European authorship trends in fifteen major scientific and technical bibliographic databases on the DIALOG information system are examined for works published between 1970 and 1990. There was an increasing number of records with European authors in 21% of the data set. In 6%, an overall decline was found. In 52%, authorship increased into the 1980's, and then declined. The most heavily represented countries were the former Soviet Union, the United Kingdom, Germany, and France. Overall, with the exception of MEDLINE, BIOSIS, and INSPEC, coverage of the works of European authors has been declining over the past twenty years, and particularly so in the last five.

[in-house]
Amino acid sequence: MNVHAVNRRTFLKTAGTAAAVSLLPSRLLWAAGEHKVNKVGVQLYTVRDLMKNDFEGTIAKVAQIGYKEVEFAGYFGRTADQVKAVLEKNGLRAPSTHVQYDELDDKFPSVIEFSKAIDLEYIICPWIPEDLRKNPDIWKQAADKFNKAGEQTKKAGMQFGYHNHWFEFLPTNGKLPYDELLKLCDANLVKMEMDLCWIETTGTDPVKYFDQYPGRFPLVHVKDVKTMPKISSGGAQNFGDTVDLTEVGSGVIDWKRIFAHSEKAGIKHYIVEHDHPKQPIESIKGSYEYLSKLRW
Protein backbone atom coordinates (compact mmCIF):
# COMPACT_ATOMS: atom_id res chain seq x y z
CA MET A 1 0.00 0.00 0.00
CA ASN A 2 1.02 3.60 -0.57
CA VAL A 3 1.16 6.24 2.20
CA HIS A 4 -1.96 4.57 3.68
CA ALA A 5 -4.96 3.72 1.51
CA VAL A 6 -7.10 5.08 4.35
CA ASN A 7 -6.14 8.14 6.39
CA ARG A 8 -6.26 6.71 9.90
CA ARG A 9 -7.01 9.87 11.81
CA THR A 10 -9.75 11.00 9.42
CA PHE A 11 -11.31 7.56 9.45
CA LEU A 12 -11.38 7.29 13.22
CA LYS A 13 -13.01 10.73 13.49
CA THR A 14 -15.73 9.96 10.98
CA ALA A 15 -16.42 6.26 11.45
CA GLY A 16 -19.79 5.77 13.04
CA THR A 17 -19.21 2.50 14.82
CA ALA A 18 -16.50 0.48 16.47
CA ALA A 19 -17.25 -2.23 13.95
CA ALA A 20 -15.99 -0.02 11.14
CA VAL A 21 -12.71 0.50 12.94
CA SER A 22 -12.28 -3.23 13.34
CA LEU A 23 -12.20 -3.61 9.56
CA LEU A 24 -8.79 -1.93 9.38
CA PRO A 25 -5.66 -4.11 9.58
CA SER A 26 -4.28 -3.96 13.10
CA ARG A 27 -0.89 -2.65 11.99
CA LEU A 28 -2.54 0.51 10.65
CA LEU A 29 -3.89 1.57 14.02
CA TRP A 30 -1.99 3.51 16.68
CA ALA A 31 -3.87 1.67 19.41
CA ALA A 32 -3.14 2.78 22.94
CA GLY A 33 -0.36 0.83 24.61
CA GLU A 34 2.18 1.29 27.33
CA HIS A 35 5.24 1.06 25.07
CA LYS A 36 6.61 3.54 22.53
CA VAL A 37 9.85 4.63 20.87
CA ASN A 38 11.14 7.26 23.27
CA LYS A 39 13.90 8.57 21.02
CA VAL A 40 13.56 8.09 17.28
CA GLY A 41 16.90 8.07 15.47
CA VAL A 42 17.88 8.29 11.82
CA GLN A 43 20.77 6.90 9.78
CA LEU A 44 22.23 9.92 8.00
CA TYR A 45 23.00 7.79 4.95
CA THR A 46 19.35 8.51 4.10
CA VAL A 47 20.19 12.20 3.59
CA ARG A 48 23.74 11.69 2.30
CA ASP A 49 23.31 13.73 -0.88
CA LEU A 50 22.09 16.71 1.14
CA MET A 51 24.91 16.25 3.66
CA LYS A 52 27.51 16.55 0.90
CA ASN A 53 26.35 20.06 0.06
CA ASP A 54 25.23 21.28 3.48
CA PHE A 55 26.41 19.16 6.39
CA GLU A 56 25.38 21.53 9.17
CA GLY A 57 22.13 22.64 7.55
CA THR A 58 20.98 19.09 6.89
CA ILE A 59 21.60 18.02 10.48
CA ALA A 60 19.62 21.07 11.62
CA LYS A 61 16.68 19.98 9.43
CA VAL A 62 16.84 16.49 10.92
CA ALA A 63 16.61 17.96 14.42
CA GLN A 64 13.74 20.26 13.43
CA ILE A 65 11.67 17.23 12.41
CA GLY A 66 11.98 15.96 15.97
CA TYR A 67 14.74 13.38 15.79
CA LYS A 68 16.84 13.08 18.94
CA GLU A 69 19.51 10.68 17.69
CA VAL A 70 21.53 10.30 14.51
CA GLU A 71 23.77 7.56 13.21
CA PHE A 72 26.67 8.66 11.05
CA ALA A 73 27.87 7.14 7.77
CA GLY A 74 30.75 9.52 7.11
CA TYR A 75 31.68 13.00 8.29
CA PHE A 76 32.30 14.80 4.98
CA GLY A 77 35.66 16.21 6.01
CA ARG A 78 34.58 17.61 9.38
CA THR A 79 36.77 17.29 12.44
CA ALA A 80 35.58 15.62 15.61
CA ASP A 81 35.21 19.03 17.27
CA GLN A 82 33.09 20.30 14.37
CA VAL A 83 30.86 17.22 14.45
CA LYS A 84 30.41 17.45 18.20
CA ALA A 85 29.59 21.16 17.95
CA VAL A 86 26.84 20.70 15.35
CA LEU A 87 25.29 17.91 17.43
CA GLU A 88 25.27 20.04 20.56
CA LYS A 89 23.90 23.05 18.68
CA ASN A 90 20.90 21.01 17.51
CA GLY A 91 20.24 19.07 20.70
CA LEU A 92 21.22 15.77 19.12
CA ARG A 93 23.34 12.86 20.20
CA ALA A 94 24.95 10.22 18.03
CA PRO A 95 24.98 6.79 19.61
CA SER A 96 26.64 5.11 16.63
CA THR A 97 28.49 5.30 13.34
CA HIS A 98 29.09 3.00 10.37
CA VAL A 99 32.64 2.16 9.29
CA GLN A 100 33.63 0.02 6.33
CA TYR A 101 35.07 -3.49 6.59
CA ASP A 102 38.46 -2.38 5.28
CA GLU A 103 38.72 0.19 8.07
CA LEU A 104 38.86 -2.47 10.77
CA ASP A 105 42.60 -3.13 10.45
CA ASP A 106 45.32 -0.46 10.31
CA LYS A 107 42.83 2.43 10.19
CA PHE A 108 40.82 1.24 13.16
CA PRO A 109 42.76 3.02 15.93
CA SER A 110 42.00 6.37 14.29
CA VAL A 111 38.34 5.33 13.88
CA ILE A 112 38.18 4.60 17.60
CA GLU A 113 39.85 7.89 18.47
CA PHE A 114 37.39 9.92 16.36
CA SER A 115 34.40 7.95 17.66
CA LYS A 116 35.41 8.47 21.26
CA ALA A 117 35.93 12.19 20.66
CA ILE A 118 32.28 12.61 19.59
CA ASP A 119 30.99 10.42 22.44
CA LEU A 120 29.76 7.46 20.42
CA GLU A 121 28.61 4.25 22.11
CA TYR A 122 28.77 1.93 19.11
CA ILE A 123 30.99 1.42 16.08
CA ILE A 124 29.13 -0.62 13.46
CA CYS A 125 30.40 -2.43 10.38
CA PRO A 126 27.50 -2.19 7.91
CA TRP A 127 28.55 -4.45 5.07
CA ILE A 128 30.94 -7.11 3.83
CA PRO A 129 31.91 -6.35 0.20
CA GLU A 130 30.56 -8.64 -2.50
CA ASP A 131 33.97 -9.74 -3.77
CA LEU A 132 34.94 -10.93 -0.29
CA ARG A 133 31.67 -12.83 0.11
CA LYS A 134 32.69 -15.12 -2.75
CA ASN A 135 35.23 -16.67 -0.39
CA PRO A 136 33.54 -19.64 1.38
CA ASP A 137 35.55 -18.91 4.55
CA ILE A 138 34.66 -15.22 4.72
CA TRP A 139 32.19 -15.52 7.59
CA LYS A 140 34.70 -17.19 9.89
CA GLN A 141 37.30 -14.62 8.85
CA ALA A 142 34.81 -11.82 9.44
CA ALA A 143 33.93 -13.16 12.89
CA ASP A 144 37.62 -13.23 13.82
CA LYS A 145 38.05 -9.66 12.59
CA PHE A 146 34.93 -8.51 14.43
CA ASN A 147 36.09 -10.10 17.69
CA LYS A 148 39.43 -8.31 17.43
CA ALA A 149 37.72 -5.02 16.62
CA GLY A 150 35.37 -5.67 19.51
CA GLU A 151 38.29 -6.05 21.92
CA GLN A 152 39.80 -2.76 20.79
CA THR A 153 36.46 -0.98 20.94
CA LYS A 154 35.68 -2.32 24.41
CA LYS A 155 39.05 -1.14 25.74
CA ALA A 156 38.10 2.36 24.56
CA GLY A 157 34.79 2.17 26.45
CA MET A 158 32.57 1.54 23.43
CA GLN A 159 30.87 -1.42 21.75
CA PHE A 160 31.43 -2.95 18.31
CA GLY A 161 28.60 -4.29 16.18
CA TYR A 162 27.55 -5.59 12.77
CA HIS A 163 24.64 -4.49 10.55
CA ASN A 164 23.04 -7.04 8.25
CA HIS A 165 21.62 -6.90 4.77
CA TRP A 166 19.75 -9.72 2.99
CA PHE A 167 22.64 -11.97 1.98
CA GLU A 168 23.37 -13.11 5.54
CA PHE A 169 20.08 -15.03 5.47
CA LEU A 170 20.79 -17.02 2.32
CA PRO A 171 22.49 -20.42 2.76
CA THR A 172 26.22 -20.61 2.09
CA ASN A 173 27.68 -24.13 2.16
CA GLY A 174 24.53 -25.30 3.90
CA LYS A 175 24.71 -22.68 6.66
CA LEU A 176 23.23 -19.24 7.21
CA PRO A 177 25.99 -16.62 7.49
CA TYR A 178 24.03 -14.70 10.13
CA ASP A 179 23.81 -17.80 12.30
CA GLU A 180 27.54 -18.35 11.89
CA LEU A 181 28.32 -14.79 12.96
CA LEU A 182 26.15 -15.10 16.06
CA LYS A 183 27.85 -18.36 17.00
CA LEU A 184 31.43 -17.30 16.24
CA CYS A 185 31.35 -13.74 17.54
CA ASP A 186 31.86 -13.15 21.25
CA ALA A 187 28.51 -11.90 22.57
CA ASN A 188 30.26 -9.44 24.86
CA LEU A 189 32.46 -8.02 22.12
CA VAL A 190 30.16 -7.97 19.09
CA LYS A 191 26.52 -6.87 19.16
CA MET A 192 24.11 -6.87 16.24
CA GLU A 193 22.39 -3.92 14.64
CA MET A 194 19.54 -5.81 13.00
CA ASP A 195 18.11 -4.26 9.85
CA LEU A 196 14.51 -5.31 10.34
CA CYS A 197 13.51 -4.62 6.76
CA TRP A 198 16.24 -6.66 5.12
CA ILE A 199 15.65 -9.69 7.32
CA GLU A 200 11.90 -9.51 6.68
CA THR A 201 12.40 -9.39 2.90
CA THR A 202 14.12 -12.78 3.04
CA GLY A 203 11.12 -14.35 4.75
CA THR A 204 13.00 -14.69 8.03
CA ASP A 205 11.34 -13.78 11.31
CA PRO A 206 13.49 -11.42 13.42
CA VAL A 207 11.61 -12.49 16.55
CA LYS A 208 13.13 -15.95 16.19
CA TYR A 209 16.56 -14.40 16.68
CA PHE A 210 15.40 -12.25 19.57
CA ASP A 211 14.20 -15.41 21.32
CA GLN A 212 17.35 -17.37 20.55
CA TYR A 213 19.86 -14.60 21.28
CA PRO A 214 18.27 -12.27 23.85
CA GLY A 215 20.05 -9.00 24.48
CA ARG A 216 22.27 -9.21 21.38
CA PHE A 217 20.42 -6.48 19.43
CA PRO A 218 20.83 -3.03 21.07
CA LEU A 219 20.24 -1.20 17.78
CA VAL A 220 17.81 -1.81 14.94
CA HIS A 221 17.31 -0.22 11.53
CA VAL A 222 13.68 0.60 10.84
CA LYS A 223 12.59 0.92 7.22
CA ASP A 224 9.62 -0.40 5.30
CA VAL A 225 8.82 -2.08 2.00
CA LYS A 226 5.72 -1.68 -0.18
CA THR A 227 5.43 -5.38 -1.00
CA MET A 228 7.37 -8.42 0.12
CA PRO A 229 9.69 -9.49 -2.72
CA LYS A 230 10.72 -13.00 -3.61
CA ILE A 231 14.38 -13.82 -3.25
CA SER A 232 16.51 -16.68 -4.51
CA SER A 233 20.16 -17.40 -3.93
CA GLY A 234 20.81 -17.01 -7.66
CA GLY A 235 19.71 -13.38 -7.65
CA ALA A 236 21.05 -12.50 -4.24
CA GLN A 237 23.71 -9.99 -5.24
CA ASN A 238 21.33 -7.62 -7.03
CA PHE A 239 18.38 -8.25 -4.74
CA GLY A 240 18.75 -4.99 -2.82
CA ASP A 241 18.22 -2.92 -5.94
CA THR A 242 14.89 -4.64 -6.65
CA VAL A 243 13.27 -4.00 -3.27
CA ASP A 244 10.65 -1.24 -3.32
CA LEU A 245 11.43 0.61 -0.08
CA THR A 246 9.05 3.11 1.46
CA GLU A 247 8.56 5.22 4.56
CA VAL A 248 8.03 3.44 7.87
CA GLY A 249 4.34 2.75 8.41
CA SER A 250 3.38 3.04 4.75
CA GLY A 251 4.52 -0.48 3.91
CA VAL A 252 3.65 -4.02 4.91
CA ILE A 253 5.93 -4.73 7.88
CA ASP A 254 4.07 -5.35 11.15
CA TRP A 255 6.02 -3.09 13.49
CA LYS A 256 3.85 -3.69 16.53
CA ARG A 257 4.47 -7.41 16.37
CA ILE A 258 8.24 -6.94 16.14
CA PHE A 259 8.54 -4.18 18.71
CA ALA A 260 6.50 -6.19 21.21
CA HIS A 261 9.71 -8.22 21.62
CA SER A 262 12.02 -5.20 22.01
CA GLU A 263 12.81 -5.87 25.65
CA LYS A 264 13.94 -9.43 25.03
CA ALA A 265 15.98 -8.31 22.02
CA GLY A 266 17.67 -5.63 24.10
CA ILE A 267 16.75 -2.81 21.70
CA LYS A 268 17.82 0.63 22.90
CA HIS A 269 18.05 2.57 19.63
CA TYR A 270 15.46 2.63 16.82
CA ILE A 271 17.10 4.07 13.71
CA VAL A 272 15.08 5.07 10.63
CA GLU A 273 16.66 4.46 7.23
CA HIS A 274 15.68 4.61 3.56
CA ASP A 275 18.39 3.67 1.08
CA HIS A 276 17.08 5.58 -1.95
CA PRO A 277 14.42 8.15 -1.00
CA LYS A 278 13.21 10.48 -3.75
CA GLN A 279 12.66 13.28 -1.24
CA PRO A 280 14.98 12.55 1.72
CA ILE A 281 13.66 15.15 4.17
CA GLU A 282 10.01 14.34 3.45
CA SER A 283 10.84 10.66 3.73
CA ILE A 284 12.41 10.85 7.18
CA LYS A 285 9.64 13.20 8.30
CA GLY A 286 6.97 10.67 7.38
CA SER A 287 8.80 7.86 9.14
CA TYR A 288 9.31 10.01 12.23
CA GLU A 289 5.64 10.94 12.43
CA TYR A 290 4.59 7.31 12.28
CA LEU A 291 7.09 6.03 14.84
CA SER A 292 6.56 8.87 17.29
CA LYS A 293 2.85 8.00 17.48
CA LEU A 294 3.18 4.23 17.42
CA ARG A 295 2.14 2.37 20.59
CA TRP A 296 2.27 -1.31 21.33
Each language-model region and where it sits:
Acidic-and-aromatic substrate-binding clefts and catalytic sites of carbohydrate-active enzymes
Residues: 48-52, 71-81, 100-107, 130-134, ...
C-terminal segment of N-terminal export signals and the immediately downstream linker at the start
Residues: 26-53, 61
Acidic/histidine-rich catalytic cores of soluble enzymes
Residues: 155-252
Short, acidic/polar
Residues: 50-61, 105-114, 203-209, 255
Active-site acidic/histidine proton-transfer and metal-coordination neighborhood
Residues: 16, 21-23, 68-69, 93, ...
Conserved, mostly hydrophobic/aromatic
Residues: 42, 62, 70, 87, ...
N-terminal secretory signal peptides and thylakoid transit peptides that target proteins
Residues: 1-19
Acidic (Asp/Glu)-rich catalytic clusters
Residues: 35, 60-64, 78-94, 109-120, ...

For the past eight years, the author has been examining trends in access to international scientific literature in major international bibliographic databases available on various information systems. A major portion of the research program examined and compared the languages of documents and countries of publication for items published between 1970–1990 and recorded on MEDLINE, PsycInfo, BIOSIS, Chemical Abstracts, and other databases on the DIALOG system. The second phase of this study examines the remaining scientific databases on DIALOG, including MATHFILE and AGRICOLA. A comparison of the international range of MEDLINE and EMBASE has also recently been completed. In order to attempt to assess actual amounts of literature produced, the Unesco statistics for literature production have been studied. In the course of this research, the author encountered a variety of system attributes that affect the ways in which Third World science can be identified. Some of the policies and procedures of database development that affect the inclusion of Third World science have been identified.